Study: Wildfire smoke may add to COVID-19 risk
CARSON CITY, Nev. (AP) — Nevada-based scientists argue in a new study that wildfire smoke may increase the risk of contracting the coronavirus.
A study published last week by scientists at the Desert Research Institute found that coronavirus infection rates increased disproportionately during wildfire season in 2020, when smoke from fires in neighboring states blanketed much of northern Nevada.
In a paper in the Journal of Exposure Science & Environmental Epidemiology, Desert Research Institute Assistant Research Scientist Daniel Kiser and four co-authors note the test positivity rate in Washoe County increased significantly during periods when monitors measured high levels of particulate matter in the air from wildfire smoke.
For every 10 micrograms per cubic meter of small particulate matter known as PM2.5 in the air, the positivity rate increased about 6.3% two to six days later, the study found.
Kiser said the study was observational and noted that the uptick could be attributed to other factors, like last year’s second surge, students returning to schools or changes in local restrictions. But he said momentary upticks during periods of high pollution suggested a connection between smoke and the spread of the virus.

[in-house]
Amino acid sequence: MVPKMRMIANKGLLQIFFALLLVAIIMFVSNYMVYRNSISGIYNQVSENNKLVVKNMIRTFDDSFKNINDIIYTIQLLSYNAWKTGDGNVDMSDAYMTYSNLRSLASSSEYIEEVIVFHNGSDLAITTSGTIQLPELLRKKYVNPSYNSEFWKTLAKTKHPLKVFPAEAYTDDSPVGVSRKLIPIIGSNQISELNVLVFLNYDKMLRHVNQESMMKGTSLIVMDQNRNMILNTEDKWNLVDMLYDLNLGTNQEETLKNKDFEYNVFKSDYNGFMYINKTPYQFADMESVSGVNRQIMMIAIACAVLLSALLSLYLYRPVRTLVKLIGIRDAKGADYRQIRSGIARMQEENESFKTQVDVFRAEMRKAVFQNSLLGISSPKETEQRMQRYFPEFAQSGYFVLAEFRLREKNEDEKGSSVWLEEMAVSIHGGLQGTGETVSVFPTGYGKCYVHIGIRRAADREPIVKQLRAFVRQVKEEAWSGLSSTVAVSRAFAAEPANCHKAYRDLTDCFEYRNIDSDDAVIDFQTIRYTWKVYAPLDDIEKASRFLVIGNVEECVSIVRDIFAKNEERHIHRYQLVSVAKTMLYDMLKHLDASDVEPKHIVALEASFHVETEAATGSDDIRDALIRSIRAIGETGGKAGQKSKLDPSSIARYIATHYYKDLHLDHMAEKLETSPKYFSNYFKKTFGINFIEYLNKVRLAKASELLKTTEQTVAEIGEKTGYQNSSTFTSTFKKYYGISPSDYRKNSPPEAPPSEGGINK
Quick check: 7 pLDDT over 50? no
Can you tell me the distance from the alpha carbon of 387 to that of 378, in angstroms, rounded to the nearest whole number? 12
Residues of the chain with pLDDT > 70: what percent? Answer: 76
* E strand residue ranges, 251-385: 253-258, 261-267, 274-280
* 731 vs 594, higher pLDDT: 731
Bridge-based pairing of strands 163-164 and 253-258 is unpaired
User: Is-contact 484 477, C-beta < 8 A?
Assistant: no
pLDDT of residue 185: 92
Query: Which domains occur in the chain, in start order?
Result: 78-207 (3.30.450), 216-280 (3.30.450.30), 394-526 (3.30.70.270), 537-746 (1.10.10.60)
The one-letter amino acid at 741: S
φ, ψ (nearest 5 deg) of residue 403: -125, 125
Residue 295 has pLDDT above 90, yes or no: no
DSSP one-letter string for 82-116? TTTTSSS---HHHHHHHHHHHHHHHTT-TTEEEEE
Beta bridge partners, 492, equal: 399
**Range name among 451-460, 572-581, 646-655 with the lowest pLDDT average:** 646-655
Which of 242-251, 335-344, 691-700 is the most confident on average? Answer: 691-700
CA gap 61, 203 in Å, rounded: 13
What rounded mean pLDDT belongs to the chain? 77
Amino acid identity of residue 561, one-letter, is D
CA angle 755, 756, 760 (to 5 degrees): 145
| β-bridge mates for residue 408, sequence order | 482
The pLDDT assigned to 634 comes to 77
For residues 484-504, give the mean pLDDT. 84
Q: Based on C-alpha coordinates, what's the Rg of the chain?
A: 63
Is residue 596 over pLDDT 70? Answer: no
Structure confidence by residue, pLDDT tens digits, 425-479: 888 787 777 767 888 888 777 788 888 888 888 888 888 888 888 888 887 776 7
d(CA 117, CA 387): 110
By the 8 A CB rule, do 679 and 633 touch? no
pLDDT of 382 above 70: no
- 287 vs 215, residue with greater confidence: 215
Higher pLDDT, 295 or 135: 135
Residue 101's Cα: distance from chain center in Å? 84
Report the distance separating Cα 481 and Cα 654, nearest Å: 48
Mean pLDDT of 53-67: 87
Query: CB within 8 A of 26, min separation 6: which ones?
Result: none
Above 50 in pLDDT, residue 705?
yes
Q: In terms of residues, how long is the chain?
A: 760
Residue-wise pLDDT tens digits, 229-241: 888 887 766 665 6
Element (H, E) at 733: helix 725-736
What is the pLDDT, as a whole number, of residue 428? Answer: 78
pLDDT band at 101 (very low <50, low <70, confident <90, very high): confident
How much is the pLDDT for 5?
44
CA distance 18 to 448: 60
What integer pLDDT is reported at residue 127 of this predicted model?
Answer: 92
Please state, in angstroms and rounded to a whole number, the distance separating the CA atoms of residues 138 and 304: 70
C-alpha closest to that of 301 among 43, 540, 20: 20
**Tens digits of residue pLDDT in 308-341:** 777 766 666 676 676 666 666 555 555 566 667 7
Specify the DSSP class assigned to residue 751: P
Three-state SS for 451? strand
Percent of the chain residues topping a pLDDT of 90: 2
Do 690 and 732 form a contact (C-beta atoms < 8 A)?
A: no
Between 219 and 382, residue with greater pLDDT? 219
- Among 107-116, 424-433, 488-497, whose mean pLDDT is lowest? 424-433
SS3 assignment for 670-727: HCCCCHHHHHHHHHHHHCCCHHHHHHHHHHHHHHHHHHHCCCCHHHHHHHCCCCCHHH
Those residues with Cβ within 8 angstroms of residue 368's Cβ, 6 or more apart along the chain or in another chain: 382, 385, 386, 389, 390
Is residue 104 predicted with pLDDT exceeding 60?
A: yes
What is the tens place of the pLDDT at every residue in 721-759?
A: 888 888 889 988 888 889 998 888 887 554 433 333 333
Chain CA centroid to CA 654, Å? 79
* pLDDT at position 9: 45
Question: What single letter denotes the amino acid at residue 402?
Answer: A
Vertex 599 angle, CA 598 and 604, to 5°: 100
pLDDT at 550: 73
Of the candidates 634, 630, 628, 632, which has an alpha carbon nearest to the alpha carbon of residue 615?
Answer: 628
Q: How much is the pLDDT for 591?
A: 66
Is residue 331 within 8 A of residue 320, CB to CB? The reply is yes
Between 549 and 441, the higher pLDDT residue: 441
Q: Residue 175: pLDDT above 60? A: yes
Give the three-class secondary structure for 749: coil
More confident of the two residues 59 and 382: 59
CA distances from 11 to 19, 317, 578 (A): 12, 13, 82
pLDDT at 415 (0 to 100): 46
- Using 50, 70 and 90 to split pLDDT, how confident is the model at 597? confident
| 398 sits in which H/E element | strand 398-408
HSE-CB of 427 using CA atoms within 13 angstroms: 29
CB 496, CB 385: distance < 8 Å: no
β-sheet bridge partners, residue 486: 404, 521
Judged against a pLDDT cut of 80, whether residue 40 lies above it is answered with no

“That temporary association in the midst of a large uptick in cases overall is what convinced us that something’s going on,” he told the Associated Press.
The authors argued that the association between wildfire smoke and the coronavirus likely suggested pollution made people more prone to viruses more broadly.
“Our findings also bolster arguments that PM2.5 from other sources such as vehicle traffic or industry, increases susceptibility to” the coronavirus, they wrote.
Kiser said wildfires and other climate change-driven weather events were likely to figure more largely into the study of viruses in the future.
Smoke from the Tamarack Fire and Beckwourth Complex Fire is shrouding parts of northern Nevada, causing pollution in Reno, Carson City and Gardnerville.
Sam Metz is a corps member for the Associated Press/Report for America Statehouse News Initiative. Report for America is a nonprofit national service program that places journalists in local newsrooms to report on undercovered issues.